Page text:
Court Holds ADA Does Not Require Reassignment Without Competition
A federal appellate court rejected the Equal Employment Opportunity Commission’s position that the Americans with Disabilities Act mandates noncompetitive reassignment as a reasonable accommodation.
Facts of the Case: In EEOC v. St. Joseph’s Hospital, Inc., a psychiatric ward nurse began using a cane because of her spinal condition. She was informed she could not use the cane in the psychiatric ward because it could be used as a weapon and therefore posed a safety risk. She was given 30 days to apply for other positions within the hospital. She applied for seven positions, but was not offered any of them. She was then terminated.
The nurse filed a charge of discrimination with the EEOC, and the EEOC subsequently filed suit against the hospital on her behalf, claiming, among other things, that the hospital had violated the ADA by failing to reassign the nurse to a vacant position without requiring her to compete for it. Notably, the EEOC’s view on noncompetitive reassignment is one that it has repeatedly articulated, including in its Enforcement Guidance: Reasonable Accommodation and Undue Hardship Under the Americans with Disabilities Act.
Prior to trial, however, the federal district court ruled that the hospital was not obligated to reassign the nurse to a vacant position without competition. Rather, the district court stated that “[r]equiring competition is one factor, out of many, that the jury may consider regarding the reasonableness of the accommodation.”
At trial, the jury found in favor of the hospital. Post-trial, however, the district court granted the EEOC’s motion to alter judgment and entered judgment in the EEOC’s favor. Nonetheless, the district court denied the EEOC’s request for an injunction to bar the hospital’s policy of competitive job reassignment for disabled workers.
The Court’s Ruling: On appeal, the U.S. Court of Appeals for the 11th Circuit reversed the district court’s judgment for the EEOC, and directed the district court to enter judgment for the hospital. The 11th Circuit agreed with the district court that the ADA does not mandate noncompetitive reassignment for disabled workers. In so holding, the 11th Circuit looked to the language of the ADA, which states that reasonable accommodations “may include” reassignment, and that such language is not mandatory, unlike in other parts of the statute.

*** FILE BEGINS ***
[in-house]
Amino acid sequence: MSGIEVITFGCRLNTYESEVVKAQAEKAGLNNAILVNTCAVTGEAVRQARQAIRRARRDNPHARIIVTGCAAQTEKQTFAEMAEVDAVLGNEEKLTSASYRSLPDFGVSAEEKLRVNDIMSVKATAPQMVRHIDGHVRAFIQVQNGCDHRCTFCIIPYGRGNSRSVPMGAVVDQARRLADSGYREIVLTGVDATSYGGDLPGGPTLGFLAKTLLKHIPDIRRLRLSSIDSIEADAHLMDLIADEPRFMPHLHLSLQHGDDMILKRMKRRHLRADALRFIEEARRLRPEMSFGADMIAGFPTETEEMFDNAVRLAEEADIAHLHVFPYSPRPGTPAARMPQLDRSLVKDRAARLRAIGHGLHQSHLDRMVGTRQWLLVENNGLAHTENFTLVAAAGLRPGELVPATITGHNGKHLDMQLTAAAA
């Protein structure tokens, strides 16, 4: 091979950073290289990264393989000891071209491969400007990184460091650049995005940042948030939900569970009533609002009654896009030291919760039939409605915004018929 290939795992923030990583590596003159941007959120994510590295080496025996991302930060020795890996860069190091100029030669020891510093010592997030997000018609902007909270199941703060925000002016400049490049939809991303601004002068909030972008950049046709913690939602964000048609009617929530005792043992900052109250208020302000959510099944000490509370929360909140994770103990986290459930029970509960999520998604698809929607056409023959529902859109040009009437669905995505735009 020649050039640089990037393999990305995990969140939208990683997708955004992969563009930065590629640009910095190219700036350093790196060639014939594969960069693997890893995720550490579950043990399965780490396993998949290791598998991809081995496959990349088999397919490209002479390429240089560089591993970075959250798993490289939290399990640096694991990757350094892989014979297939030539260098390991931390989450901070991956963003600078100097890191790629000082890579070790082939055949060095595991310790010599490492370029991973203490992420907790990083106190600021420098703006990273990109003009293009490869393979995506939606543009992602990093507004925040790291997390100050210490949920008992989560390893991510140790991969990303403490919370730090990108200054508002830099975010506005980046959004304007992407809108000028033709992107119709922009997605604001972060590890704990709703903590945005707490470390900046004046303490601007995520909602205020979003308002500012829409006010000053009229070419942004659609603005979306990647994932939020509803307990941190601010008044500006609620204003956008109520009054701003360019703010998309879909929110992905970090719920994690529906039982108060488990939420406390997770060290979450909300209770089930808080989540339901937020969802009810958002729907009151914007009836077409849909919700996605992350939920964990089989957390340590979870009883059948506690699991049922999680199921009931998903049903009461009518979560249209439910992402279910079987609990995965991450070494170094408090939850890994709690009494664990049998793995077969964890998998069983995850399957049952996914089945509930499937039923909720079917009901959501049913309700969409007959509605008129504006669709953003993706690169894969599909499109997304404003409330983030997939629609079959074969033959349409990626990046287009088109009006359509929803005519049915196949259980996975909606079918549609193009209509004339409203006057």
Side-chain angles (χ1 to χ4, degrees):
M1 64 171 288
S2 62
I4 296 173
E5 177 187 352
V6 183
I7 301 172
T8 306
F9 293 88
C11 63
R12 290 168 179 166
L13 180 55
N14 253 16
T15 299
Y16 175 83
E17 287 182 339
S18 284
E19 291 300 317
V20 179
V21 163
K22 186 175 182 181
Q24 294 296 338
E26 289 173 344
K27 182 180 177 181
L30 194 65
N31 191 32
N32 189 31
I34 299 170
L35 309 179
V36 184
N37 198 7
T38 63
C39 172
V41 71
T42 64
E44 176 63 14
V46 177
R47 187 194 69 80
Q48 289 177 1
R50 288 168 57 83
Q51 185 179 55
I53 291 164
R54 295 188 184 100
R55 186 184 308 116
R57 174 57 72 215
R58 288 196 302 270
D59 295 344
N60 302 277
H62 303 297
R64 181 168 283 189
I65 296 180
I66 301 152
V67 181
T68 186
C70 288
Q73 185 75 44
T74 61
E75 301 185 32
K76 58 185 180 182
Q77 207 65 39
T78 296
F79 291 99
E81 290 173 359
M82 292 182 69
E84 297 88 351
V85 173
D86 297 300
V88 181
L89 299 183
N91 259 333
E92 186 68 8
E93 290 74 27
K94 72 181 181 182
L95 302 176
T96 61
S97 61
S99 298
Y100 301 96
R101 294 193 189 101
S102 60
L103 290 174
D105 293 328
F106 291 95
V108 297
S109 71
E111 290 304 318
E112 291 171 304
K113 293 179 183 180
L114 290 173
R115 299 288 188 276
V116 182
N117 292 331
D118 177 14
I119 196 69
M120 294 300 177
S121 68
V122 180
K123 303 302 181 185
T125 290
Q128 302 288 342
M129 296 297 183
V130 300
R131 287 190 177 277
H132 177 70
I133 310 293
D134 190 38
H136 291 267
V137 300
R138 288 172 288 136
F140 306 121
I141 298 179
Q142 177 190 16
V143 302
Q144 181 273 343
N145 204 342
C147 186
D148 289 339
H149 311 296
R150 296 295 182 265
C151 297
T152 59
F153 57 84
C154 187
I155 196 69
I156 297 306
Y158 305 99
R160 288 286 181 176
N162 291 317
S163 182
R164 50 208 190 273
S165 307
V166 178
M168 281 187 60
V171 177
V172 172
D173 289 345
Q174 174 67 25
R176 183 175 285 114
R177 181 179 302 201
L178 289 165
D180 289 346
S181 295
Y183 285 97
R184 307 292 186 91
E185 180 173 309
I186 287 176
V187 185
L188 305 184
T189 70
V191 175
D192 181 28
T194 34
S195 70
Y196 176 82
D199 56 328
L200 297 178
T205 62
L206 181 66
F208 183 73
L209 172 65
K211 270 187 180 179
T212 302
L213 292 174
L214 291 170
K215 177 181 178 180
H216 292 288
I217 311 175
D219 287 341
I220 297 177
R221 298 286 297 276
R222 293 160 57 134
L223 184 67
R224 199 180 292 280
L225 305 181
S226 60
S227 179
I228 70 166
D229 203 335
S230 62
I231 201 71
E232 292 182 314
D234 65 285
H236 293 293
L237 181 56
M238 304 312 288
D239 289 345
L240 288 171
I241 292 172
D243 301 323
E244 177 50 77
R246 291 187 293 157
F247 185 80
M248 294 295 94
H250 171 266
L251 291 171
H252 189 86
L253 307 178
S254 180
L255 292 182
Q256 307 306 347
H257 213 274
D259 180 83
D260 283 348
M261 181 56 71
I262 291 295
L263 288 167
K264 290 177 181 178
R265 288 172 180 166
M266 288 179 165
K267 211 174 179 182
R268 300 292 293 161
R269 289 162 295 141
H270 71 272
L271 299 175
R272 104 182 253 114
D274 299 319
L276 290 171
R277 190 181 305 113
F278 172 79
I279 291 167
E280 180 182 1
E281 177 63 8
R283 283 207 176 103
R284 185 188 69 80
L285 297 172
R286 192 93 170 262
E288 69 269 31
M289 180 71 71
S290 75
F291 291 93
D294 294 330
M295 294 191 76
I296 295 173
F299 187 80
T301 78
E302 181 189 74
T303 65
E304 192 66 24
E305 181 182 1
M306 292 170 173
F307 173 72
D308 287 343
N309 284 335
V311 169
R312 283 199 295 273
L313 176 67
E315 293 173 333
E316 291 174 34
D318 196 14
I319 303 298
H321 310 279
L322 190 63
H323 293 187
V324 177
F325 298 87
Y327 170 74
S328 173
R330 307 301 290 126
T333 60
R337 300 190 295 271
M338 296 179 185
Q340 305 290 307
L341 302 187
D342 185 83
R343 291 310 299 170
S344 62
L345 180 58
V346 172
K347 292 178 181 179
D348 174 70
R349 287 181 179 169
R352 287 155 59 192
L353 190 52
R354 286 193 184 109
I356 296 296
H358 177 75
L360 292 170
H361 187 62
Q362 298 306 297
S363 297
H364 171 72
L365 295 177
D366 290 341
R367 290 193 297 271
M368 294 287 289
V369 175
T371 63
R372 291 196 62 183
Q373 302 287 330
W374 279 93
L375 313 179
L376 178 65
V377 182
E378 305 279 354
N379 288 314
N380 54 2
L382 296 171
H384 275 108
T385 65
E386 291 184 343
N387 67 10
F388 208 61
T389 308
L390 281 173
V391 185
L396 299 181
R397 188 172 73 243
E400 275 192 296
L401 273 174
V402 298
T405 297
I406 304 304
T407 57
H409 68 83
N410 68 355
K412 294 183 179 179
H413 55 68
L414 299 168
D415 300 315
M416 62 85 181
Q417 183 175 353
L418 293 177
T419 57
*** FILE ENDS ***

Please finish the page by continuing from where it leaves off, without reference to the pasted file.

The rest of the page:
The 11th Circuit also looked to Supreme Court precedent, set forth in U.S. Airways, Inc. v. Barnett. Under Barnett, whether a job reassignment request trumps an employer’s disability-neutral rule depends on whether the waiver of the rule poses an undue hardship for the employer. In this case, the rule in question was the employer’s policy of hiring the best-qualified applicant. The 11th Circuit determined that waiving this policy was not reasonable, explaining that, “employers operate their businesses for profit, which requires efficiency and good performance. Passing over the best-qualified job applicants in favor of less-qualified ones is not a reasonable way to promote efficiency or good performance.”
The 11th Circuit concluded that the ADA only requires employers to allow a disabled person to compete equally with others for a vacant position. The 11th Circuit did acknowledge, however, that there may be “special circumstances,” which did not exist here, that may render a noncompetitive reassignment a reasonable accommodation. The 11th Circuit did not specify what such special circumstances might be.
Lessons Learned: Employers will find the 11th Circuit’s analysis logical and sensible. However, they should be aware that the EEOC has held the opposing view of noncompetitive reassignment for many years, and will undoubtedly continue to adhere to this view in the future. In addition, there are several other federal circuits that seem to have adopted the EEOC’s view. And, as we noted in our August 2015 E-Update, the Maryland Court of Special Appeals (our second-highest state appellate court) has suggested that, under the Maryland anti-discrimination law, the disabled employee is entitled to a vacant position for which he is qualified, even if more qualified applicants exist. The Court of Special Appeals decision was affirmed by the Maryland Court of Appeals (our highest appellate court), although the Court of Appeals did not specifically address that point.